Output Substitution in Multi-Species Trawl Fisheries: Implications for Quota Setting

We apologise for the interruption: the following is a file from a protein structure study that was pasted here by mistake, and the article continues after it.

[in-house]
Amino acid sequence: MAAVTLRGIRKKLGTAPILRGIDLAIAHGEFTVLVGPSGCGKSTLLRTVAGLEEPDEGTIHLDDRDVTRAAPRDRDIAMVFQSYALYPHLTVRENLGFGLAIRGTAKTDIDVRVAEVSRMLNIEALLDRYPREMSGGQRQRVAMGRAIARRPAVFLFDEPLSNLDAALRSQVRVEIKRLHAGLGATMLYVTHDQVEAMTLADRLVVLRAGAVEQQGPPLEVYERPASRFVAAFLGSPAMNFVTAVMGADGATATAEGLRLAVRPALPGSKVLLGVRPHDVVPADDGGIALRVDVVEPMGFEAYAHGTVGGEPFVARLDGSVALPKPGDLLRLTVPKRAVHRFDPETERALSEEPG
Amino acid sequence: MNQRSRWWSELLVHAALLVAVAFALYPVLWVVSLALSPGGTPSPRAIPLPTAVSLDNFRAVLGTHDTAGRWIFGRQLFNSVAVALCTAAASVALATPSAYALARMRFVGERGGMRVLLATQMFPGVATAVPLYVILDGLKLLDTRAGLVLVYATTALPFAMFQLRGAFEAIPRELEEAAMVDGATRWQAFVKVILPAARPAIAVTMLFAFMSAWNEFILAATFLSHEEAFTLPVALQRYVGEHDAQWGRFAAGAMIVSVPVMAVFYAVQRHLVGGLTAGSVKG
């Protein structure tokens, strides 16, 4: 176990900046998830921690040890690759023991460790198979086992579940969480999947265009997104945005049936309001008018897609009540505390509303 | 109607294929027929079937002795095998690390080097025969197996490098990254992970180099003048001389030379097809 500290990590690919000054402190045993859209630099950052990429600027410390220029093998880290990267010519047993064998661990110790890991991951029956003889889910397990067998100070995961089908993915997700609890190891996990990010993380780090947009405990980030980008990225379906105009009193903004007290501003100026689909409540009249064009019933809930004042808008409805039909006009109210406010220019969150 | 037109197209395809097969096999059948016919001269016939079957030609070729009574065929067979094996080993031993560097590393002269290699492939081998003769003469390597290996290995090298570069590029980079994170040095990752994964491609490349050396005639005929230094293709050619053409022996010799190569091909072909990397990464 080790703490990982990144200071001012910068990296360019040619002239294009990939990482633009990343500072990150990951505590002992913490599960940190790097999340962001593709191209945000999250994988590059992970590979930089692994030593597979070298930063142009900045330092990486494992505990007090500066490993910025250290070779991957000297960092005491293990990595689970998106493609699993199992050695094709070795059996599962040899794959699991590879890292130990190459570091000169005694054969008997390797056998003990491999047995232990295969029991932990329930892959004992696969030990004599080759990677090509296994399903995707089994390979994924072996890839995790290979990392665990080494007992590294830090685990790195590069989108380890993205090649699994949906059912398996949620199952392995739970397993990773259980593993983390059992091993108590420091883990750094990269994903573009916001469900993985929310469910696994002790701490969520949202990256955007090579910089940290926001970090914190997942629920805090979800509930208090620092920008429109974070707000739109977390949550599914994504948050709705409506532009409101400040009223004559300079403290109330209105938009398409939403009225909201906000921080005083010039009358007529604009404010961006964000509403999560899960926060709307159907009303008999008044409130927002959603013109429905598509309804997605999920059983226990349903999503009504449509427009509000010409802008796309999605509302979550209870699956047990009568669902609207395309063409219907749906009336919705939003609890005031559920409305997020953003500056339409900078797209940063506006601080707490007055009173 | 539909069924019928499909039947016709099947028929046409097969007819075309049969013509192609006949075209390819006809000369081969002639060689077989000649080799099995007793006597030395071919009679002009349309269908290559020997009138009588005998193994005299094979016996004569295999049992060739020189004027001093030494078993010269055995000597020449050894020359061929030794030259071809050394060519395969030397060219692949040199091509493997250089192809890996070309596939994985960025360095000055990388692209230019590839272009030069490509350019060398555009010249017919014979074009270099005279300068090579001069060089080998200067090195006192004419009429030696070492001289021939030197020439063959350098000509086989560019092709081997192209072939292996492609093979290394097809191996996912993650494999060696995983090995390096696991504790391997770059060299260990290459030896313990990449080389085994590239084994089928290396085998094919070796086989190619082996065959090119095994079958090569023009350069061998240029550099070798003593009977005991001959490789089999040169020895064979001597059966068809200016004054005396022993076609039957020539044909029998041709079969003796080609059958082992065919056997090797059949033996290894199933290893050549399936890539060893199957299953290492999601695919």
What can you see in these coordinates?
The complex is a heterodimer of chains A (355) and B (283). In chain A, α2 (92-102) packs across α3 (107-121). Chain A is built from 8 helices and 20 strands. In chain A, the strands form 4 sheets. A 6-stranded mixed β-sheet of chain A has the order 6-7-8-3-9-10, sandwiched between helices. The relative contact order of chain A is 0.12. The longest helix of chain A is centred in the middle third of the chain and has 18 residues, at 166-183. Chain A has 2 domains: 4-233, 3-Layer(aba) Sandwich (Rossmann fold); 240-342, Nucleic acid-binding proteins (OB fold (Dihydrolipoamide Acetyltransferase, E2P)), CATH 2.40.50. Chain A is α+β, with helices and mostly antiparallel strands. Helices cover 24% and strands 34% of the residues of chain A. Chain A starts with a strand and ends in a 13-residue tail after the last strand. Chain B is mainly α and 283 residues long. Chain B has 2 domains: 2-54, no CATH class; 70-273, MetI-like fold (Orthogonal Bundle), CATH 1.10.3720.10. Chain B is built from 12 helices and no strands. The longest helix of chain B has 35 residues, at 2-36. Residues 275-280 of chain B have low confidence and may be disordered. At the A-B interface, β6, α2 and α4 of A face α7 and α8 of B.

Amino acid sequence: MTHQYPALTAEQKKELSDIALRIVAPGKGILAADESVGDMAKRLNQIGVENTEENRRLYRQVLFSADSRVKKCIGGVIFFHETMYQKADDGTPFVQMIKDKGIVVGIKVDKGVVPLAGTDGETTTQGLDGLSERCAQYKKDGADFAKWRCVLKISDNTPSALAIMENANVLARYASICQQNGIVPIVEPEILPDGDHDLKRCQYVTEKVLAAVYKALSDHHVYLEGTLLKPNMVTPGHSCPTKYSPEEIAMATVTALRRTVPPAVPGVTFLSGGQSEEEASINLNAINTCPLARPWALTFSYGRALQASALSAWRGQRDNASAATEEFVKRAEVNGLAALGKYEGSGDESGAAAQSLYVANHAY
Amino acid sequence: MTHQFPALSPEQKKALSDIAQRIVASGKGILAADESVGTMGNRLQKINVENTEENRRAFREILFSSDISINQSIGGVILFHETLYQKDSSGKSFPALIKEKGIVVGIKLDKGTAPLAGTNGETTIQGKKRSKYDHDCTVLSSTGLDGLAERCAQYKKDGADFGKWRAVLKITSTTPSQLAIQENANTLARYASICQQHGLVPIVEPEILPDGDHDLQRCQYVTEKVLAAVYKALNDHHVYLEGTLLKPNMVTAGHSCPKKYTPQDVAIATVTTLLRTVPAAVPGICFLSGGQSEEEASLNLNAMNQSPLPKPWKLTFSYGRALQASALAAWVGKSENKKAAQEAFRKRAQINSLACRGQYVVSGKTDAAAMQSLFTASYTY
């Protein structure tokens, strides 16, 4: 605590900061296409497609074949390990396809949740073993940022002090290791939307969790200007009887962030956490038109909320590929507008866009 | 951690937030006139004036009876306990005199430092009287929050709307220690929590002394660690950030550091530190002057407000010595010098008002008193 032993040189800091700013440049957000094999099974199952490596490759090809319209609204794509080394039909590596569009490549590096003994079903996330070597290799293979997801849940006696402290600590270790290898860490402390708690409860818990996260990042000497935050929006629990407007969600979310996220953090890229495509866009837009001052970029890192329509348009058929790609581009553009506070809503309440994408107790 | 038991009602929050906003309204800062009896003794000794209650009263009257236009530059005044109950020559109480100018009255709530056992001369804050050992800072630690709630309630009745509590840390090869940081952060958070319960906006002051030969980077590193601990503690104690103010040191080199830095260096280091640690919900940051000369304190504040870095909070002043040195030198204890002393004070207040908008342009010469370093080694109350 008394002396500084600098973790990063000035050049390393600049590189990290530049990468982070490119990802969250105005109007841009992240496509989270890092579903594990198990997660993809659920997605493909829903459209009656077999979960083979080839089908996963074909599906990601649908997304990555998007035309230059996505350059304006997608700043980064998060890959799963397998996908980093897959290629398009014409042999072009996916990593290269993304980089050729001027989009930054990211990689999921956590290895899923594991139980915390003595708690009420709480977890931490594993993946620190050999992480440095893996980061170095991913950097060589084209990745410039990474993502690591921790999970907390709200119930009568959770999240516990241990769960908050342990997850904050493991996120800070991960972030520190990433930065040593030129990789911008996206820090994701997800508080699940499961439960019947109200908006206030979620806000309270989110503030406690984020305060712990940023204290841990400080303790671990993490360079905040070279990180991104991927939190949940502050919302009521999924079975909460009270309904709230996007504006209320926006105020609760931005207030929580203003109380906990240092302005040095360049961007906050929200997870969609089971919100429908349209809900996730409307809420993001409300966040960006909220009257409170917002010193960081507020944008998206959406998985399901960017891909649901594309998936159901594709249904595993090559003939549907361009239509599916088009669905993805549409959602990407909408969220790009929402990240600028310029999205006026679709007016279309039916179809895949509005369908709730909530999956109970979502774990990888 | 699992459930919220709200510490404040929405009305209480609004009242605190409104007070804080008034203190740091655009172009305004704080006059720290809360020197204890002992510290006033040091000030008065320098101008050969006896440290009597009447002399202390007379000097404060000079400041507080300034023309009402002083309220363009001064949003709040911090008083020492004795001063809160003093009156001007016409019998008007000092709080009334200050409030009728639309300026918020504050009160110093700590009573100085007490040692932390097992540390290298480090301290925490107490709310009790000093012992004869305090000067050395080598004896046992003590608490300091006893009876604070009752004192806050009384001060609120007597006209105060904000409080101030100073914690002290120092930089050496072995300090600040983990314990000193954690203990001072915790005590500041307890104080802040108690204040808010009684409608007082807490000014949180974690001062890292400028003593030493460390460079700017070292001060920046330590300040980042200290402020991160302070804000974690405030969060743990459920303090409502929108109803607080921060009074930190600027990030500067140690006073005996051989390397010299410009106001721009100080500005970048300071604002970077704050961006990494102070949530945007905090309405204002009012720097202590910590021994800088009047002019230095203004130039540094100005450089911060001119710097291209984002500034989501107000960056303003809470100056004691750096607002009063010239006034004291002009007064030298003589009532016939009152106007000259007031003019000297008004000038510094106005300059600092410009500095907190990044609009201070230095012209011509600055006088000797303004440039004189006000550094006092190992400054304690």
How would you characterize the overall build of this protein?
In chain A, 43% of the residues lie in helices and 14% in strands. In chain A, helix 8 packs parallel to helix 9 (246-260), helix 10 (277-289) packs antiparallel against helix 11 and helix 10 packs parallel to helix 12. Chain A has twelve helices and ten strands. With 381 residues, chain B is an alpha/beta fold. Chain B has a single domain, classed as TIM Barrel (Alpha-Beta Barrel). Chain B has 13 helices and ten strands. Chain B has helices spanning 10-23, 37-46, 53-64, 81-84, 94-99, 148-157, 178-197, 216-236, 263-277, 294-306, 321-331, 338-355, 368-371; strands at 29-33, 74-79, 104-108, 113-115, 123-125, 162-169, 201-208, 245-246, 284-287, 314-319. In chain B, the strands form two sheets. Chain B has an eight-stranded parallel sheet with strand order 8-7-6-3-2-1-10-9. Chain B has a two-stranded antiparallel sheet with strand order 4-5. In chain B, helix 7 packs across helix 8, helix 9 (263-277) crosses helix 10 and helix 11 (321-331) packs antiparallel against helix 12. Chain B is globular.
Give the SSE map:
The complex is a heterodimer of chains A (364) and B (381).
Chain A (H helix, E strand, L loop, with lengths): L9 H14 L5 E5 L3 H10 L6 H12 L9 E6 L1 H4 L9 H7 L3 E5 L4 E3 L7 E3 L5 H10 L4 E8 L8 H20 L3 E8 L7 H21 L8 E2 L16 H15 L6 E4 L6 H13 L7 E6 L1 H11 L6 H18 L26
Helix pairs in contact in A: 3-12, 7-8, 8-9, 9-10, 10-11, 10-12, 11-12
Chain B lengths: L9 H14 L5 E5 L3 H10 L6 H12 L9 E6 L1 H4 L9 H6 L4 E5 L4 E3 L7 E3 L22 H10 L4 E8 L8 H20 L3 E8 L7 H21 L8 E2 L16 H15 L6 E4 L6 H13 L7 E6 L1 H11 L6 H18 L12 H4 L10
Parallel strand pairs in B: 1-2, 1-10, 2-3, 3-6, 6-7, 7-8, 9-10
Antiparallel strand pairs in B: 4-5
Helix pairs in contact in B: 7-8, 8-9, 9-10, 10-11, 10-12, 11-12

In most multi-species fisheries managed through output controls, total allowable catches (TACs) are set primarily on the basis of biological considerations, usually on a species by species basis. An implicit assumption of management is that fishers are able to adjust their product mix in line with these quotas. If this is not the case, then over-quota catch occurs, leading to either illegal landings or discards. In either case, the effectiveness of the TAC in conserving the resource is reduced. In this paper we show that in the case of multi-species fisheries that exhibit jointness in production, setting TACs on an individual species’ basis is inappropriate. In particular, we quantify technical interactions through the estimation of a multi-output distance function for the UK North Sea beam and otter trawl fisheries, and find that in most cases, the potential of substitutability between the main and alternative species is relatively small. We argue that failure to quantify and integrate these technical interactions in the construction of management instruments for fisheries regulation, may result in increased discarding, illegal fishing and potentially lower than expected future yields.
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